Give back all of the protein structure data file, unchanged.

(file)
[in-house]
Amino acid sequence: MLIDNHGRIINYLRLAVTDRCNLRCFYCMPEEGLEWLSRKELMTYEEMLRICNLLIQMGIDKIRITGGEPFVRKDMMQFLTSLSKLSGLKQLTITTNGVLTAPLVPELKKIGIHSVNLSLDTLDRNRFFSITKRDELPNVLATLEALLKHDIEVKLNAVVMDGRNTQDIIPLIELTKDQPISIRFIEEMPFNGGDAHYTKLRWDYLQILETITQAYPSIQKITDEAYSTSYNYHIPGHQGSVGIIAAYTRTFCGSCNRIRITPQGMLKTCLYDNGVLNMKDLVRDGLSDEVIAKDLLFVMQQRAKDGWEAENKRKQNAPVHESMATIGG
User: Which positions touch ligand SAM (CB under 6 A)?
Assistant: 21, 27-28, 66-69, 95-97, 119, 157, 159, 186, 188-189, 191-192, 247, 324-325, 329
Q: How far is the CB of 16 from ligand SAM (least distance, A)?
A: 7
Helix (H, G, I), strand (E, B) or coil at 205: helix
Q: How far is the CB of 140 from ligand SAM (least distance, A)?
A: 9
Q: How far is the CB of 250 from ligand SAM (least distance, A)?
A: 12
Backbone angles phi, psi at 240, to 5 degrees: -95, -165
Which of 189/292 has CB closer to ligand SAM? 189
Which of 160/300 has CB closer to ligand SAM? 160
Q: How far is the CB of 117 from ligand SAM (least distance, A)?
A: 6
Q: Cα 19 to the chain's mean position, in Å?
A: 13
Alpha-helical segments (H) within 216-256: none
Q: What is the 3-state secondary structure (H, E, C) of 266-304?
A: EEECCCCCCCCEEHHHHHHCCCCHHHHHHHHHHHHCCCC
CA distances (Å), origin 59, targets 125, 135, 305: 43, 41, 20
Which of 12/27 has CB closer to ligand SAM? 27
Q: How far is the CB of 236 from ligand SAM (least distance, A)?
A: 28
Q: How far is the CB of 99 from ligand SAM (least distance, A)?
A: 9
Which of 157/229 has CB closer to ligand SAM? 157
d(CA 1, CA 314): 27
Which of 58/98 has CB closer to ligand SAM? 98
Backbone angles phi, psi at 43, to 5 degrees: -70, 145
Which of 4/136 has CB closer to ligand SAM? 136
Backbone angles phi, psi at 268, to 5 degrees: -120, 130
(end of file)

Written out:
[in-house]
Amino acid sequence: MLIDNHGRIINYLRLAVTDRCNLRCFYCMPEEGLEWLSRKELMTYEEMLRICNLLIQMGIDKIRITGGEPFVRKDMMQFLTSLSKLSGLKQLTITTNGVLTAPLVPELKKIGIHSVNLSLDTLDRNRFFSITKRDELPNVLATLEALLKHDIEVKLNAVVMDGRNTQDIIPLIELTKDQPISIRFIEEMPFNGGDAHYTKLRWDYLQILETITQAYPSIQKITDEAYSTSYNYHIPGHQGSVGIIAAYTRTFCGSCNRIRITPQGMLKTCLYDNGVLNMKDLVRDGLSDEVIAKDLLFVMQQRAKDGWEAENKRKQNAPVHESMATIGG
User: Which positions touch ligand SAM (CB under 6 A)?
Assistant: 21, 27-28, 66-69, 95-97, 119, 157, 159, 186, 188-189, 191-192, 247, 324-325, 329
Q: How far is the CB of 16 from ligand SAM (least distance, A)?
A: 7
Helix (H, G, I), strand (E, B) or coil at 205: helix
Q: How far is the CB of 140 from ligand SAM (least distance, A)?
A: 9
Q: How far is the CB of 250 from ligand SAM (least distance, A)?
A: 12
Backbone angles phi, psi at 240, to 5 degrees: -95, -165
Which of 189/292 has CB closer to ligand SAM? 189
Which of 160/300 has CB closer to ligand SAM? 160
Q: How far is the CB of 117 from ligand SAM (least distance, A)?
A: 6
Q: Cα 19 to the chain's mean position, in Å?
A: 13
Alpha-helical segments (H) within 216-256: none
Q: What is the 3-state secondary structure (H, E, C) of 266-304?
A: EEECCCCCCCCEEHHHHHHCCCCHHHHHHHHHHHHCCCC
CA distances (Å), origin 59, targets 125, 135, 305: 43, 41, 20
Which of 12/27 has CB closer to ligand SAM? 27
Q: How far is the CB of 236 from ligand SAM (least distance, A)?
A: 28
Q: How far is the CB of 99 from ligand SAM (least distance, A)?
A: 9
Which of 157/229 has CB closer to ligand SAM? 157
d(CA 1, CA 314): 27
Which of 58/98 has CB closer to ligand SAM? 98
Backbone angles phi, psi at 43, to 5 degrees: -70, 145
Which of 4/136 has CB closer to ligand SAM? 136
Backbone angles phi, psi at 268, to 5 degrees: -120, 130